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Go anywhere in the tough Earthcruiser

Your Life

Go anywhere in the tough Earthcruiser

Travel the world with independence – and without getting seasick – in an Earthcruiser Extreme that has it all. It comes at a cost, but BRUCE McMAHON suggests it’s a thought for a New Year motoring resolution.

Expedition motorhome builder Earthcruiser Australia is a leader in go-anywhere campers, four-wheel drive trucks and utes with mobile home tucked away in the tray.

The Wollongong firm, with a North American branch in Oregon, has for some time designed and built vehicles to tackle the far back country and still offer up a hot shower and cold beer at the end of a day while rolling through isolated parts of the world.

The first Earthcruiser was trialled across Australia’s Great Sandy Desert before a 27,000km test through Russia and Mongolia. Subsequent Earthcruisers have arrived in a number of different shapes and sizes, built on the likes of four-wheel drive Fuso, Isuzu, Iveco and Toyotas.

For the latest and greatest, the Earthcruiser Extreme 330 XTR6x6 is based on the Landcruiser 79, with six-wheel drive by conversion experts 6×6 Australia. It started out as a one-off, custom-build for a special customer, but word got out and demand grew.

Developed over a year, the Extreme machine features mechanical specifications and travelling gear to drive through the toughest country with safety and comfort. Much of that go-anywhere confidence is thanks to the six-wheel drive – on bitumen the third axle remains undriven but once traction starts to break a power divider locks up 100 per cent drive to all wheels.

Helping out is a 127mm chassis lift, a coil spring and airbag set-up for the back axles, low-range transfer case and, unlike standard 79 Cruisers, equal track width front and back. If it all gets too serious, there are in-cabin switches to lock the Extreme’s three differentials. For added go-anywhere confidence there are heavy-duty winches front and back.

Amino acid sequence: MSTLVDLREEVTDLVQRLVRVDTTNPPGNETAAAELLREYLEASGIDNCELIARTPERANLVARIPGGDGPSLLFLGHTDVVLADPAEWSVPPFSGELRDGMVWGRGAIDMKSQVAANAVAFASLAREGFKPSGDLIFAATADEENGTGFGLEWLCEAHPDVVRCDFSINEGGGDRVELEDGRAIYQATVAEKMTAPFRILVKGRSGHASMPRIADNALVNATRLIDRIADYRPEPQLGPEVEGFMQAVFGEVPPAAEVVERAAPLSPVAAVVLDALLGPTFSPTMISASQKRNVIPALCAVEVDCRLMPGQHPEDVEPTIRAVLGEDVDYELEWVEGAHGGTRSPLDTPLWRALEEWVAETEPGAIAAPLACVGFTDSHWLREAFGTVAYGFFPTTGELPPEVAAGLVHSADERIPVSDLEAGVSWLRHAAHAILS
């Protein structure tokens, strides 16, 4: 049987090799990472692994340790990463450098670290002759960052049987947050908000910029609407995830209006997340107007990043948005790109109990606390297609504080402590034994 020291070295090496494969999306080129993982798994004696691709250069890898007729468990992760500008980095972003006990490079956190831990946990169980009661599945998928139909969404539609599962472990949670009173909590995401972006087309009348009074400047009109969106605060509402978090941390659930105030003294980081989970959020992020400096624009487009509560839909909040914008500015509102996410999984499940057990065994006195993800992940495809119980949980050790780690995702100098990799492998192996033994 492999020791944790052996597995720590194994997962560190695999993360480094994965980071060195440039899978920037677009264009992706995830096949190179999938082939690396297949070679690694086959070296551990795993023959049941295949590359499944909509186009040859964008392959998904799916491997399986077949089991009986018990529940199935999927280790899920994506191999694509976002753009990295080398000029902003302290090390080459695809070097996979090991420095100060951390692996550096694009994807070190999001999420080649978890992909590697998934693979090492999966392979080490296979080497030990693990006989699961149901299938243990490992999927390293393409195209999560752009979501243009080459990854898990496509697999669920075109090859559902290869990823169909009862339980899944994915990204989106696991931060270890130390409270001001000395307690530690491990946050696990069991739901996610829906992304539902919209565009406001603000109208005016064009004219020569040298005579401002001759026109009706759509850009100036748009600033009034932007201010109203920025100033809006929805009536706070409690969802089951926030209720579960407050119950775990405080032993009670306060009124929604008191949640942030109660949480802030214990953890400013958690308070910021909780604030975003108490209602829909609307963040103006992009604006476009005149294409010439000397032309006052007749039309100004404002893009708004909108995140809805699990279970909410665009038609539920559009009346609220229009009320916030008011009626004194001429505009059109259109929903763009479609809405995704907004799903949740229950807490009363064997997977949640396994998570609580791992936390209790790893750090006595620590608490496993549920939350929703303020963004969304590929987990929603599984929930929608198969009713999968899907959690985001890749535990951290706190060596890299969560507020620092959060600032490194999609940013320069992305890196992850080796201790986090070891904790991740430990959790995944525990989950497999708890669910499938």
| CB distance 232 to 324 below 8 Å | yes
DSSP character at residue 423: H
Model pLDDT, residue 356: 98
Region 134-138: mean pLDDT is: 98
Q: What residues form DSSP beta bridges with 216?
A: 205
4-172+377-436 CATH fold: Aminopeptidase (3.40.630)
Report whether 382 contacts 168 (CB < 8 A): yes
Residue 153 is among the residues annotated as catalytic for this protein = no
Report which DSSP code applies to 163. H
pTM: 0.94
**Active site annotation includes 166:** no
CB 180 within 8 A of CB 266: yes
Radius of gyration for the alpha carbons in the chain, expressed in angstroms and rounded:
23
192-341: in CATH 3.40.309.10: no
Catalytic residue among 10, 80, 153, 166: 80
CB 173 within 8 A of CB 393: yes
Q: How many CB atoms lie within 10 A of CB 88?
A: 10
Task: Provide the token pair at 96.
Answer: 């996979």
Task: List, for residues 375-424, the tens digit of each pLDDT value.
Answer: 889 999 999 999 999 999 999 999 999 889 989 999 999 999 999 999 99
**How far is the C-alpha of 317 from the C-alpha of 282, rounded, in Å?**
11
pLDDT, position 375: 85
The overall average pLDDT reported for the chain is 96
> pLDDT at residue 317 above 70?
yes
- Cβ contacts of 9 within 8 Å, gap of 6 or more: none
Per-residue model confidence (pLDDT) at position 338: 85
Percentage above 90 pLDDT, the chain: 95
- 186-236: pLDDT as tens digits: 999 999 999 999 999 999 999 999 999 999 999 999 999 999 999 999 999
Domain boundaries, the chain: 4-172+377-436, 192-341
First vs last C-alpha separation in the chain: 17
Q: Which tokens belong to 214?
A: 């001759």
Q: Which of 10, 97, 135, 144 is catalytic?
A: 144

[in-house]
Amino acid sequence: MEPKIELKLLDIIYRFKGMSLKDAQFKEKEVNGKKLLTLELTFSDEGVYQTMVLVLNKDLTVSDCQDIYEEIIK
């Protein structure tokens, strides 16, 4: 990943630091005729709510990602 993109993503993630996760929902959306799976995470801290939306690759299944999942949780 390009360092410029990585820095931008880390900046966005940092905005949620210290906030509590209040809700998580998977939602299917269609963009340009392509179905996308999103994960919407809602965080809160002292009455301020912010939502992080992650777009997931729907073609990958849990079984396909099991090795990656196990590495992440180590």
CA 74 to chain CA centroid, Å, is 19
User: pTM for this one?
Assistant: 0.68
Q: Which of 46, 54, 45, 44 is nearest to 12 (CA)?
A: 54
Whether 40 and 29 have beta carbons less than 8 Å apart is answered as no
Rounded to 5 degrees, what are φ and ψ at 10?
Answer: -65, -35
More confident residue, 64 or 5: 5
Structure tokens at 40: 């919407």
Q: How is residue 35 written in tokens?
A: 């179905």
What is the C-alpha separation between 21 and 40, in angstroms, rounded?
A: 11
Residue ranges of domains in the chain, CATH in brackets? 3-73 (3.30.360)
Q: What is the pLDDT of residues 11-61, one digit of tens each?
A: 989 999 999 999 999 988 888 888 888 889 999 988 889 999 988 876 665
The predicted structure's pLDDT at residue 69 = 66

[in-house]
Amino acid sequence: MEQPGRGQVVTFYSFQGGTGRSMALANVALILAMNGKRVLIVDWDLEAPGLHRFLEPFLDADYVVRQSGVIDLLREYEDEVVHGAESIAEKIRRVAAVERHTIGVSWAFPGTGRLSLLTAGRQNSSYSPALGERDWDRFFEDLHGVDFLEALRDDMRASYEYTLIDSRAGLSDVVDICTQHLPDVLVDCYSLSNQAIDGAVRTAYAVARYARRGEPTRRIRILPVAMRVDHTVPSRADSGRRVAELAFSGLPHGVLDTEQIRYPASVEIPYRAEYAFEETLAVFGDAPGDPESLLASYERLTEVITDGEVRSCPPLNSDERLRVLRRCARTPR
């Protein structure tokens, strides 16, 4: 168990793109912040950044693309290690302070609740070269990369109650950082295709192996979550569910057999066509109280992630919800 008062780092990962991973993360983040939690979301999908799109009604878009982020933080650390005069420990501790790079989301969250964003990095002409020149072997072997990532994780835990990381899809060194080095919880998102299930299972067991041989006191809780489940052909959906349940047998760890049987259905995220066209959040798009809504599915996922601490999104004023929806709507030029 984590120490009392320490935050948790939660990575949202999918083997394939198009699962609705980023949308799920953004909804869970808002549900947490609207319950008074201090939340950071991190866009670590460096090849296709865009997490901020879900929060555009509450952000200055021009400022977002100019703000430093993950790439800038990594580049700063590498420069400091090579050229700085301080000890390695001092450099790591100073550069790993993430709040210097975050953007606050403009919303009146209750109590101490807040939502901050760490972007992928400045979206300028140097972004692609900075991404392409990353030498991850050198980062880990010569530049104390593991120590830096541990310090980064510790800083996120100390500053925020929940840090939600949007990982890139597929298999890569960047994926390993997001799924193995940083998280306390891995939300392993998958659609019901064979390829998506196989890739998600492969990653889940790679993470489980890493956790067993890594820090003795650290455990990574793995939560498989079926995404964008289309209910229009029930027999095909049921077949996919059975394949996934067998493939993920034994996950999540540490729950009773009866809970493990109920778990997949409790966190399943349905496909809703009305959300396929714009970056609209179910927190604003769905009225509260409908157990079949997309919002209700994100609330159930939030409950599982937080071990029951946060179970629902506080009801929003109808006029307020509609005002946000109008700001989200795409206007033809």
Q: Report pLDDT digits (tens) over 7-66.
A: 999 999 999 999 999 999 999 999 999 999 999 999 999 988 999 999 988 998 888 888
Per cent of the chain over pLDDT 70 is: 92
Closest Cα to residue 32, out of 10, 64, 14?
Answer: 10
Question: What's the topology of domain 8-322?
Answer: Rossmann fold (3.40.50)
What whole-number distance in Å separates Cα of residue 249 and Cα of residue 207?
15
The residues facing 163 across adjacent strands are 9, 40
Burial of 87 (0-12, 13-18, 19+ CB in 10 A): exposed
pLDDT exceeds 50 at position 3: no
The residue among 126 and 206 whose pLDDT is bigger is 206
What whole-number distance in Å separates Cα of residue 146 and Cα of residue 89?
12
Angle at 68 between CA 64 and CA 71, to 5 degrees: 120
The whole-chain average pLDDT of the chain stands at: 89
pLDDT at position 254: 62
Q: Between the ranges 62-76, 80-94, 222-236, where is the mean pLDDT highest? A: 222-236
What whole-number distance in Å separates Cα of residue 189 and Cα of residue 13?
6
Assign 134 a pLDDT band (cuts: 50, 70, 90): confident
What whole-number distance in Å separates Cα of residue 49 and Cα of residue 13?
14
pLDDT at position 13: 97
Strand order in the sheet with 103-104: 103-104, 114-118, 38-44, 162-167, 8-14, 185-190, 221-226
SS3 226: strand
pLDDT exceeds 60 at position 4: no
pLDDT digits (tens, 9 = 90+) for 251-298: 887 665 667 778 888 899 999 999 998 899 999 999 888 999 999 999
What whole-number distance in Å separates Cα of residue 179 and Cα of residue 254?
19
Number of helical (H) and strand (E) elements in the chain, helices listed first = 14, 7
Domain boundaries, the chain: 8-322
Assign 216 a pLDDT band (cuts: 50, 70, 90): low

Ground clearance is a substantial 610mm, tyres can be inflated or deflated on the move and the airbag suspension has three height modes for easier access, driving height or extra lift when needed. Four hydraulic rams can be used for vehicle maintenance or changing the 17-inch mud terrain tyres.

All this gear, plus camper body and the strengthening of axles and the like, takes the Extreme’s Gross Vehicle Mass out to 7000kg. This leaves a payload of 3000kg.

The Extreme 330 XTR6x6 is not all about one tough truck. Earthcruiser has tarted up the LandCruiser cabin and the crawl-through access to the camper where there’s an extra two passenger seats.

The camper will sleep three and back here there’s leather dinette seats, stainless steel sink, immediate hot water, inside and outside showers plus central heating.

Then there’s split-cycle air conditioning, microwave oven, cook top, two fridges, washing machine, dryer and toilet. Solar panels and lithium batteries help out with power supplies. There’s a UHF radio, Starlink Satellite system for internet access plus plenty of storage spots.

So, off to see the world in the Extreme 330 XTR6x6? Allow 12-18 months for the build. Cost? How long’s a piece of string?

Some builds, depending on what’s added, could cost $500,000 to $900,000 – cheap compared with some cruising yachts, while Earthcruisers’ re-sale value will get a good chunk of that back at the end of the adventures.

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